Se*qua"cious (?), a. [L. sequax, -acis, fr. suquit to follow. See Sue to follow. ]


Inclined to follow a leader; following; attendant.

Trees uprooted left their place, Sequacious of the lyre. Dryden.


Hence, ductile; malleable; pliant; manageable.

In the greater bodies the forge was easy, the matter being ductile and sequacious. Ray.


Having or observing logical sequence; logically consistent and rigorous; consecutive in development or transition of thought.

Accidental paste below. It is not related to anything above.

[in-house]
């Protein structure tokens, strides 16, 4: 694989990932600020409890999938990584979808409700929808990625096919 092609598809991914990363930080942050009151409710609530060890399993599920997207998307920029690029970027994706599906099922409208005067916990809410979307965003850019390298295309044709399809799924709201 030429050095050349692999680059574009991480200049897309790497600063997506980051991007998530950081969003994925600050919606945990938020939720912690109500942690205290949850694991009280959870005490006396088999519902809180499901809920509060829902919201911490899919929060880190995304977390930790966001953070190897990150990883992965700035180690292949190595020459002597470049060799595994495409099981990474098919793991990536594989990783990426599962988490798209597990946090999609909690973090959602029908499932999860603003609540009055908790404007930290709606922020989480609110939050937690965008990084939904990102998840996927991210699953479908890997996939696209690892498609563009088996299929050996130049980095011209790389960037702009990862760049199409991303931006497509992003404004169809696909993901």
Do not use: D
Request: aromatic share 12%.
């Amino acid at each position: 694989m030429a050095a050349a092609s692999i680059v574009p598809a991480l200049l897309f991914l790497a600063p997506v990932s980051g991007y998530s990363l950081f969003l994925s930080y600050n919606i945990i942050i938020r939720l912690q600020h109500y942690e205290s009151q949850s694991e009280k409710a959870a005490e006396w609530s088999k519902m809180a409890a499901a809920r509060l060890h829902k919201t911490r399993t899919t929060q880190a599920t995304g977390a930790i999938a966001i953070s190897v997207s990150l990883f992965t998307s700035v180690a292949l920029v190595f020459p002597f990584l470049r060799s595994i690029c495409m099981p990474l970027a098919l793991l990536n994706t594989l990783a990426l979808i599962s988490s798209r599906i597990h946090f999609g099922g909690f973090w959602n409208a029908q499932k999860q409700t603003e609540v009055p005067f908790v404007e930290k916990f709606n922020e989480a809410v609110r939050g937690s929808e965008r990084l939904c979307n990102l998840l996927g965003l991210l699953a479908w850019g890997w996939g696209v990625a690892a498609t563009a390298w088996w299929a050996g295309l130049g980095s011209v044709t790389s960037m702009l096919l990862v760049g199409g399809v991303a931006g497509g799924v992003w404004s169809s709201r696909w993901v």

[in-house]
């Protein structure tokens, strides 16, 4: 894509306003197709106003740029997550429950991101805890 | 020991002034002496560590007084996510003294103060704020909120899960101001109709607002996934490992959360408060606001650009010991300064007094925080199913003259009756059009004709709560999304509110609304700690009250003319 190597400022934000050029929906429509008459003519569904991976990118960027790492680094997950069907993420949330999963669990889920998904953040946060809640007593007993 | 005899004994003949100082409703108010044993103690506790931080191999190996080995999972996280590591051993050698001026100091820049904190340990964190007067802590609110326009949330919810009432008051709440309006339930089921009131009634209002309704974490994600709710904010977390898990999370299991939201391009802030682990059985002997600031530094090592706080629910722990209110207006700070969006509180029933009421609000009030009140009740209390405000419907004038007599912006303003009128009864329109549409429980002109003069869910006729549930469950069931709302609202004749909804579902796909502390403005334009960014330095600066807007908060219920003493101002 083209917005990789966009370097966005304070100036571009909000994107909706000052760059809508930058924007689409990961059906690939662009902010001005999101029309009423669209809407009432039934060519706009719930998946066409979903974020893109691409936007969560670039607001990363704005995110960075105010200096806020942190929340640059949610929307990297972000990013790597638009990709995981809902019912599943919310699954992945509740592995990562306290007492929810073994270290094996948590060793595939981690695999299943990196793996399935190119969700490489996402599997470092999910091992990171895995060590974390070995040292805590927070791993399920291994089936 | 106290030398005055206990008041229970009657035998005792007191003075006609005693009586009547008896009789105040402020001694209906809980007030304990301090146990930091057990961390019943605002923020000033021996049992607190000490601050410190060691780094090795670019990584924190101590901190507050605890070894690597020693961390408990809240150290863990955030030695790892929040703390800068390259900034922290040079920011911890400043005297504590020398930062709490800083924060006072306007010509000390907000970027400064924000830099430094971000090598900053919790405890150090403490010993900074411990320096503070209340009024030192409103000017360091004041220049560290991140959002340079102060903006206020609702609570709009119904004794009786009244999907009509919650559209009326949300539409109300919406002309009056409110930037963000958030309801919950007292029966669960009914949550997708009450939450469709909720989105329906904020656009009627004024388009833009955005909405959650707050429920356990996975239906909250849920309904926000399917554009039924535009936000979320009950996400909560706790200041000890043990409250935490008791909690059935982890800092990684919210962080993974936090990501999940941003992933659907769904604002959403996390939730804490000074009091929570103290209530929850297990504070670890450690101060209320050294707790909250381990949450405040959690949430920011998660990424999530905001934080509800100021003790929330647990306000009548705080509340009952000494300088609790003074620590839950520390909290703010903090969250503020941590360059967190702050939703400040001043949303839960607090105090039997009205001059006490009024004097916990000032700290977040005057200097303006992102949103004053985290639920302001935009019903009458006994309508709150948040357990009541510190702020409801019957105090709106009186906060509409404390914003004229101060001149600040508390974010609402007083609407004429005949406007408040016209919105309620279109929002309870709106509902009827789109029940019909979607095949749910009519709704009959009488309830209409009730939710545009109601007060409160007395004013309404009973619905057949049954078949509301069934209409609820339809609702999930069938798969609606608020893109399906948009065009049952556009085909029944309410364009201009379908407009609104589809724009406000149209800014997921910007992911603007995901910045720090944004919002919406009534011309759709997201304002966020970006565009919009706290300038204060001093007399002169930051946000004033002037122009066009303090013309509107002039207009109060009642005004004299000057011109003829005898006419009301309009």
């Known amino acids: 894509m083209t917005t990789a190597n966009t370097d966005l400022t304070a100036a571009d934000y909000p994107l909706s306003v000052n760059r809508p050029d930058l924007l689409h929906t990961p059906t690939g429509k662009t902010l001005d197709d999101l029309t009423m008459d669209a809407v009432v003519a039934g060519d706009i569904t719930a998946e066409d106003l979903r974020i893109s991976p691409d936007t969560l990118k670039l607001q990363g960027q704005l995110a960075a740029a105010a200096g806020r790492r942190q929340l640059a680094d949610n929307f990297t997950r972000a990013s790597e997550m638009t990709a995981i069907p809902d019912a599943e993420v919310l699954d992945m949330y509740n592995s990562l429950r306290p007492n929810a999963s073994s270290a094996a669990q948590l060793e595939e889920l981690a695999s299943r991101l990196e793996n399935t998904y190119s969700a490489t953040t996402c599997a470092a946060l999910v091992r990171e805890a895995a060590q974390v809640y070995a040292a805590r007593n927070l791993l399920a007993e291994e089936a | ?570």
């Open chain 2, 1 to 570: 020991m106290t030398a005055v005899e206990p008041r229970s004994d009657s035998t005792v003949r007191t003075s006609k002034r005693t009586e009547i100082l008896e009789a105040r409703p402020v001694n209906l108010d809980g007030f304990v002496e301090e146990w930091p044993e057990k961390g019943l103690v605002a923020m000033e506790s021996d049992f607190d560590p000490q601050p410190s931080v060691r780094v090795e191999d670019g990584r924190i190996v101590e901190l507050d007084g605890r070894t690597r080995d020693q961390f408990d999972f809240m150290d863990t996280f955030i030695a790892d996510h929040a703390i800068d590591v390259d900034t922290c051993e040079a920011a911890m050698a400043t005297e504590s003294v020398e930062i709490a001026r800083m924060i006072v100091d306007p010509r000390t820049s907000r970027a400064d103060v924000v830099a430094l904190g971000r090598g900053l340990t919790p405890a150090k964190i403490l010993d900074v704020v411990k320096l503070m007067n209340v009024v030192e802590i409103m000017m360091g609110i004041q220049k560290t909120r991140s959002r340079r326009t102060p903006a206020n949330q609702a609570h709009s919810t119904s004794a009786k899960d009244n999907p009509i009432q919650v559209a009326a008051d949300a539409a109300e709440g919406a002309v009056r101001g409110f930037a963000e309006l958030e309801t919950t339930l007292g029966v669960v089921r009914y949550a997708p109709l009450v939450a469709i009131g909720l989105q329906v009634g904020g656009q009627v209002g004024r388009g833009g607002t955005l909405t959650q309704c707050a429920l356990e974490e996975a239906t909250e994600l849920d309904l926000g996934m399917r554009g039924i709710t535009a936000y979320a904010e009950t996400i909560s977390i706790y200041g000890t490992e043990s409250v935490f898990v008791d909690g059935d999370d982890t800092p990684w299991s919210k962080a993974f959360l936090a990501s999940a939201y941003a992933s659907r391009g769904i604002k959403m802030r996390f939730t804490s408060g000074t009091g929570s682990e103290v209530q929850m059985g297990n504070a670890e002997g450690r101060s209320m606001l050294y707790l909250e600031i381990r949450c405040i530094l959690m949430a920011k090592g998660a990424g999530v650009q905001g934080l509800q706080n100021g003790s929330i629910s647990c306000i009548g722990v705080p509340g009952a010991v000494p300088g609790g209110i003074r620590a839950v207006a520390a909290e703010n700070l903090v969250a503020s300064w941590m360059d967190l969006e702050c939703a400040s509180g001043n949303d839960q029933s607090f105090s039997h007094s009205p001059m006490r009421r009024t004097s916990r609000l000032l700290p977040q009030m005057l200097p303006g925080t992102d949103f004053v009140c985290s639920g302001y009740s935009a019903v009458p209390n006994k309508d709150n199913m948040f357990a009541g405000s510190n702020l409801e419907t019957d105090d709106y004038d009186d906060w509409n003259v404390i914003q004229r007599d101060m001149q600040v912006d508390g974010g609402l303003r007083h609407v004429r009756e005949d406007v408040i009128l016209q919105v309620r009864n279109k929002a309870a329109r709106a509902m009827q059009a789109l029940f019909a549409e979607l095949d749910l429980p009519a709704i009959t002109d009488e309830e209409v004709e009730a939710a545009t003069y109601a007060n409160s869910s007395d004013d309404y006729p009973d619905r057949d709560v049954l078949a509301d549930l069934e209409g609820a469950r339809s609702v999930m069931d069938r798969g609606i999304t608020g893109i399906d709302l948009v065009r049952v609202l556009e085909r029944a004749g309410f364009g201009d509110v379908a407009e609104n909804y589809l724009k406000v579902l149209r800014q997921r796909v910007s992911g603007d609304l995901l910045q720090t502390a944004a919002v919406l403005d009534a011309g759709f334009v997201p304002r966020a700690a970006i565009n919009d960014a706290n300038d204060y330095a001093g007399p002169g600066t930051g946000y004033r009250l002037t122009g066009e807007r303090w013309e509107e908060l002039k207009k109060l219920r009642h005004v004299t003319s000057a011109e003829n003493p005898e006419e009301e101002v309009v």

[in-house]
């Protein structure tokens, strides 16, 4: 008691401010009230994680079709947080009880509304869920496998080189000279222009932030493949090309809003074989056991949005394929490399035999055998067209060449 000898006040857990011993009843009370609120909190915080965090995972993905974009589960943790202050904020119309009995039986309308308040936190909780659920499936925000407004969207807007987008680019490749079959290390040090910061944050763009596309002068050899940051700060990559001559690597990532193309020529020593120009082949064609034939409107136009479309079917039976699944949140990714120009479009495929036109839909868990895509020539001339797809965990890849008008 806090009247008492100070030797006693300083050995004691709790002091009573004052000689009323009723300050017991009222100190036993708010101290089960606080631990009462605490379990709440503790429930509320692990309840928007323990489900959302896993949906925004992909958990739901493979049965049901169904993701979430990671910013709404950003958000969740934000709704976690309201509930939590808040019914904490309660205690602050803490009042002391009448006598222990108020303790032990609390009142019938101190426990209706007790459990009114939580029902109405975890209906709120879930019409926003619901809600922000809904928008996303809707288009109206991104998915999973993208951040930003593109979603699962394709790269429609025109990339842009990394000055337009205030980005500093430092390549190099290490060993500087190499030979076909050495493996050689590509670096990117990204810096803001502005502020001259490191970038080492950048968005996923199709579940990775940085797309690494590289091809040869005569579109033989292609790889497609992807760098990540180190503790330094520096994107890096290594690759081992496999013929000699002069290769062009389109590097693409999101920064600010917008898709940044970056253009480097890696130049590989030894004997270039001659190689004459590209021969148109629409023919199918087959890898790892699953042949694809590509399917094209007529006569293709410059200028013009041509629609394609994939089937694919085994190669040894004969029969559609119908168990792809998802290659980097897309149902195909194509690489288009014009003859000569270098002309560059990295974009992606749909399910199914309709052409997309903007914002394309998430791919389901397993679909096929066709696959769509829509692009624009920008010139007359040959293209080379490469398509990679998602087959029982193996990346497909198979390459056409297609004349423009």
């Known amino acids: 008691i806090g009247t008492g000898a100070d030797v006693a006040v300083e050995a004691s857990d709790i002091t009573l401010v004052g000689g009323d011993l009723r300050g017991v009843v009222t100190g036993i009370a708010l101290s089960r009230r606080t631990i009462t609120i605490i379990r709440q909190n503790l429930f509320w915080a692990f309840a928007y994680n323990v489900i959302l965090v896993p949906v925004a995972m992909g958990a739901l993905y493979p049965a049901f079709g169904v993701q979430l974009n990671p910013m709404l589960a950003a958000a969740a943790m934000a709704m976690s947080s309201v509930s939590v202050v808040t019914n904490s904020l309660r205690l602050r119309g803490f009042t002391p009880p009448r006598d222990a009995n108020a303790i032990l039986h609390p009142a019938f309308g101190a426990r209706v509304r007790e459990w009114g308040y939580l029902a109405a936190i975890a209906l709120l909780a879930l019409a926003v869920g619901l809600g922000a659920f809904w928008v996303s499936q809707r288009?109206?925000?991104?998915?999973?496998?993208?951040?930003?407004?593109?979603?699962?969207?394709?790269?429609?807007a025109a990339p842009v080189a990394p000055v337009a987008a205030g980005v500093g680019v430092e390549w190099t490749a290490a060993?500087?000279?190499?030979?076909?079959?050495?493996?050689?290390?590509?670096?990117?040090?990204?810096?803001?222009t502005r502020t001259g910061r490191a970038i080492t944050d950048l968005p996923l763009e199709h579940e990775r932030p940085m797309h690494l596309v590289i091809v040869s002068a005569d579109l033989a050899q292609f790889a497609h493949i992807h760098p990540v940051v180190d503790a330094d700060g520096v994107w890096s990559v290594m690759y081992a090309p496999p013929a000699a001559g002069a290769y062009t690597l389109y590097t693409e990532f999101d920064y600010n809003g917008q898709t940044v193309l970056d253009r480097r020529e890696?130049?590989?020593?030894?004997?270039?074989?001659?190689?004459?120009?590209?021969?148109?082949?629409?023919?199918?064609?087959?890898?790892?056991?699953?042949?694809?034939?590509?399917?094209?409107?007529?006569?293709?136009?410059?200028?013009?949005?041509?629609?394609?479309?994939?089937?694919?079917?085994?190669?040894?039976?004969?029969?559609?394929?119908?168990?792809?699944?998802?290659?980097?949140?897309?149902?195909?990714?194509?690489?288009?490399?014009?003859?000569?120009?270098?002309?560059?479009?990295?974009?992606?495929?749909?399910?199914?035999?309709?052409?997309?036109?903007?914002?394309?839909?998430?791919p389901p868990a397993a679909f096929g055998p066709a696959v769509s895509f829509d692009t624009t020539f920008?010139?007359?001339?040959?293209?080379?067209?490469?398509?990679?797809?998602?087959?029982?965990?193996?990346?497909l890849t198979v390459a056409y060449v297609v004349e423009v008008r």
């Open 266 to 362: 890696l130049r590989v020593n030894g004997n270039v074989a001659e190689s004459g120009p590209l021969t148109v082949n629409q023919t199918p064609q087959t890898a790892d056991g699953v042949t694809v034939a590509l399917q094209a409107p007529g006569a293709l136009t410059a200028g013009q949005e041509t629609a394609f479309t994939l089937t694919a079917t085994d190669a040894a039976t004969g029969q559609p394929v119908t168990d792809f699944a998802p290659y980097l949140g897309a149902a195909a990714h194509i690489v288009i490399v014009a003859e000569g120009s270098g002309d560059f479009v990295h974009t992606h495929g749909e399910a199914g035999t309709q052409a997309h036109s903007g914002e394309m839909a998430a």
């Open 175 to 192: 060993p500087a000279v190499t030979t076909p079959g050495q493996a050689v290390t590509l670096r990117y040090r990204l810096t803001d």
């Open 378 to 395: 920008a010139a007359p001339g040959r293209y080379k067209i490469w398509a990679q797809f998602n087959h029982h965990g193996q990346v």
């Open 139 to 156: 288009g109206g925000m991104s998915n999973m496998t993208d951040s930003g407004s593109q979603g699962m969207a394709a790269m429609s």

The scheme of pantheistic omniscience so prevalent among the sequacious thinkers of the day. Sir W. Hamilton.

Milton was not an extensive or discursive thinker, as Shakespeare was; for the motions of his mind were slow, solemn, and sequacious, like those of the planets. De Quincey.


© Webster 1913.

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